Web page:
Do they really work and, if so, how?
By Gary Hatch, Ph.D.
Chlorine and chlorine compounds
Activated charcoal (otherwise referred to as activated carbon) has been known for many years to be a very effective material for dechlorinating water. This process, the chemical removal mechanism(s) and the resulting byproducts have been studied extensively over the last 30 to 40 years. Chlorine and its active oxidative chlorine compounds are capable of being chemically reduced by activated carbon. The primary free chlorine and combined chlorine compounds (derived from ammonia) are listed in Table 1.
(1) Cl2 + H2O ↔ HOCl + H+ + Cl–
HOCl can also disassociate in water, depending on the pH, to form hypochlorite ion:
(2) HOCl + OH– (aqueous) ↔ H2O + OCl–
The higher the pH (more hydroxide ion, OH–) the more hypochlorite is formed. All three forms of free chlorine are strong oxidants and react very effectively with activated carbon. The relative oxidative strengths of each form of free chlorine are compared to monochloramine:
Cl2 ≈> HOCl > OCl– >> NH2Cl
Combined chlorine compounds are the reaction products of free chlorine with ammonia or ammonia-based compounds (usually organics such as amines or amides). The typical water disinfection process utilized in most municipal treatment today combines ammonia (usually after one to two minutes of adding chlorine) to form monochloramine, NH2Cl. This is done to minimize chlorine DBPs such as trihalomethanes (THMs) and haloacetic acids (HAAs) in drinking water. The resulting monochloramine is not as aggressive an oxidant as free chlorine and, therefore, does not generate significant amounts of DBPs, which are regulated in the US EPA Primary Drinking Water Regulations. As a result, it also does not react as strongly with activated carbon.
The reaction of free chlorine (as HOCl) with ammonia to form monochloramine (NH2Cl) is shown below:
(3) HOCl + NH3 ↔ NH2Cl + H2O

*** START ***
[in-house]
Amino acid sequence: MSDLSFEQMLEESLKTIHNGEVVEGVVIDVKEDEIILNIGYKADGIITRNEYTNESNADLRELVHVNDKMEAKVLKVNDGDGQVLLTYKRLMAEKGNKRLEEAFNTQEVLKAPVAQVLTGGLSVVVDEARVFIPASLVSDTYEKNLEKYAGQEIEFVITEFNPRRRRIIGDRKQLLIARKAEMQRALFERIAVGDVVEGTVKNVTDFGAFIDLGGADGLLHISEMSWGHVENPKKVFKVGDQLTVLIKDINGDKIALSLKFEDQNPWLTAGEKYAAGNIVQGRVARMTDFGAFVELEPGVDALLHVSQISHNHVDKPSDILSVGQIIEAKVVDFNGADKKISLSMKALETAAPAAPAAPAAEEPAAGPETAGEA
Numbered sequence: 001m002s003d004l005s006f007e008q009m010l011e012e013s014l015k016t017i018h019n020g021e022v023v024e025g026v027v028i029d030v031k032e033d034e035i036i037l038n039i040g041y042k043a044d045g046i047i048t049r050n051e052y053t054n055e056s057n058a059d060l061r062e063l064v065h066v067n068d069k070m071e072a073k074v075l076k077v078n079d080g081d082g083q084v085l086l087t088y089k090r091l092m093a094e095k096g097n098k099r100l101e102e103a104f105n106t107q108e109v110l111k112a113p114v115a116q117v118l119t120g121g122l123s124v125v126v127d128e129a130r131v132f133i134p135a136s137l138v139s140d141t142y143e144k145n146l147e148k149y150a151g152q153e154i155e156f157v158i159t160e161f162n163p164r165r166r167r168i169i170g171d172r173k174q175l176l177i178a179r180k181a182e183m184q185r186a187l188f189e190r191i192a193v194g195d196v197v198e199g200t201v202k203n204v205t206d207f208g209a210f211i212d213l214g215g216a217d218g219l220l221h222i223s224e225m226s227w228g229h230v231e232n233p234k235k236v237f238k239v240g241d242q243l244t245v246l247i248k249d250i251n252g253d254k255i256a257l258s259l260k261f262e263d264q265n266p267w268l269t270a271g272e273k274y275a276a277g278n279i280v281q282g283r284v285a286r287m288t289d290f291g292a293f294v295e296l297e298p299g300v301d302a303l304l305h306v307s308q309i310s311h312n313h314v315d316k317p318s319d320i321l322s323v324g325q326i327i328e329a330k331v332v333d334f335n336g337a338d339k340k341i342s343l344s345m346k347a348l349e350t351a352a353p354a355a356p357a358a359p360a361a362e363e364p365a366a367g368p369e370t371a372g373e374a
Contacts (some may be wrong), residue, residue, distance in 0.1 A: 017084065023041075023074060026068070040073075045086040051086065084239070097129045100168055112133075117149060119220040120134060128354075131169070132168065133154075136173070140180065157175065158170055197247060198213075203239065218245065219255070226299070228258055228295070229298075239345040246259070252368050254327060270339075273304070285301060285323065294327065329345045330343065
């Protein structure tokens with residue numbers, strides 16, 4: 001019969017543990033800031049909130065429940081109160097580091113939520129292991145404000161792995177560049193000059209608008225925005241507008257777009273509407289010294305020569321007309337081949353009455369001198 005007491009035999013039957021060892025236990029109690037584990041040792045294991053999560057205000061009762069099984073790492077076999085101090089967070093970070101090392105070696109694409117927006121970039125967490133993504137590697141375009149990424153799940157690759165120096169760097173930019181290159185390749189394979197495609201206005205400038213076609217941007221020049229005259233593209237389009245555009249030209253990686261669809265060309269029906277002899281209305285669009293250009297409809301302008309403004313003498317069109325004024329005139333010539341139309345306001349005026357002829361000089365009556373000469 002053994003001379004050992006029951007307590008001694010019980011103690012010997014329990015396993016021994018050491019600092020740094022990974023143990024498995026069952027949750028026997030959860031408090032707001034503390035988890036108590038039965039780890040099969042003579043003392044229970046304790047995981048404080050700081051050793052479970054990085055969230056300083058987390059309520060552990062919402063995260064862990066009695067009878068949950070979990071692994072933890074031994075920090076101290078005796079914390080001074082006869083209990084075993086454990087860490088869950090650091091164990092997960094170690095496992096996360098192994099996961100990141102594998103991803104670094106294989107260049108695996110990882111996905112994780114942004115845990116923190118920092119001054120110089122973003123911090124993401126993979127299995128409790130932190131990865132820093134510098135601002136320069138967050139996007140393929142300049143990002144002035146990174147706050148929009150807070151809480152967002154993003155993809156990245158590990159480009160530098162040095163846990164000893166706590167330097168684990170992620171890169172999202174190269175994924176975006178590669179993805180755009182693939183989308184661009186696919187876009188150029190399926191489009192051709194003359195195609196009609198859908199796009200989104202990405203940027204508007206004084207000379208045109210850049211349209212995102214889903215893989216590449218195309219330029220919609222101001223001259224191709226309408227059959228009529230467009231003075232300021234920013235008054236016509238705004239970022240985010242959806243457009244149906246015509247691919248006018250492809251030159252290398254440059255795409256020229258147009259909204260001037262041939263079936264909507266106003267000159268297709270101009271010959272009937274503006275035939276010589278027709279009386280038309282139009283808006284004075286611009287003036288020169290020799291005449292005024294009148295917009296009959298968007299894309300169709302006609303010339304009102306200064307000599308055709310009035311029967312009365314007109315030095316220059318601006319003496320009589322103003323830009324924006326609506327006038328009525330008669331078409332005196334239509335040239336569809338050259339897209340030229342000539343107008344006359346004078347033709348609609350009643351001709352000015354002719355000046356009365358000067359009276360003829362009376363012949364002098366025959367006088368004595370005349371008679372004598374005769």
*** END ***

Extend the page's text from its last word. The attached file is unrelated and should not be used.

Dichloramine (NHCl2) and trichloramine (NCl3) can be formed with higher concentrations of free chlorine relative to ammonia and by lowering the pH to the acidic range (< 7). NHCl2 and NCl3 are much stronger oxidants than NH2Cl but less stable, especially at the pH range 8-9, where monochloramine is typically utilized.
Activated carbon (AC)
AC can be made from essentially any carbonaceous starting material, such as cellulosics or organic compounds of high carbon content: wood, nut shells, coal, etc. Cellulosics or wood must first be converted to char by burning under a very low oxygen atmosphere. Most coals initially contain very high char content but also may have high volatiles content (naphtha and aromatics). Before processing (activating), the volatiles must be burned off. After preparing the char, the carbonaceous material must then be ‘activated’. This is a process whereby the internal structure of the charred particles is fractured and opened to form adsorptive and transport pores. This is usually done with high-pressure and high-temperature steam. After activation, the particles are ground to various ‘mesh’ sizes for many different applications, such as water treatment, gas stream treatment, catalysis and decolorization processes.
Depending on the type of starting material and degree of activation, the adsorptive and transport pores in AC can be of various sizes and pore volume. Also depending on the starting material and post-processing (e.g., acid washing), the AC can have significant ash content. For example, coal-based AC can have a significant percentage of ash, which is made up of residual minerals (silica, iron, aluminum and other metal oxides). The pore size distribution and pore volume associated with an AC is what gives the different types their distinctive adsorptive properties.
Physical removal of a contaminant from water by AC involves a two-step process: absorption (internal transport through pores) and adsorption (surface retention or entrapment). Absorption is the first process that a contaminant undergoes before it can be adsorbed (trapped) in a pore. The contaminant first enters a large pore (macropore—50-100 nanometers—1 nm = 10–9 meter) and as it diffuses further into the pores, it then contacts the pore wall and is adsorbed on or in an active site. The actual removal mechanism for a contaminant can happen as physical entrapment or as a chemical reaction. Nonreactive DBPs mentioned above are physically trapped within the smaller pores (micropores—1-5 nm and mesopores—5-50 nm), whereas strong oxidants like free chlorine and combined chlorine actually chemically react with certain active sites. These sites can consist of reactive carbon-hydrogen bond sites (–C-H), unsaturated linear (ethylene) carbon-carbon double bonds (–C=C–), carbonyl (O=CH-) and phenolic functional sites. This reaction can be described in general terms as:
where C* represents the virgin AC active sites and CO* represents an intermediate, oxidized site. Note that the chlorine oxidant is now chemically reduced to the non-reactive chloride ion (Cl–), which no longer imparts objectionable chlorinous taste and odor to the water.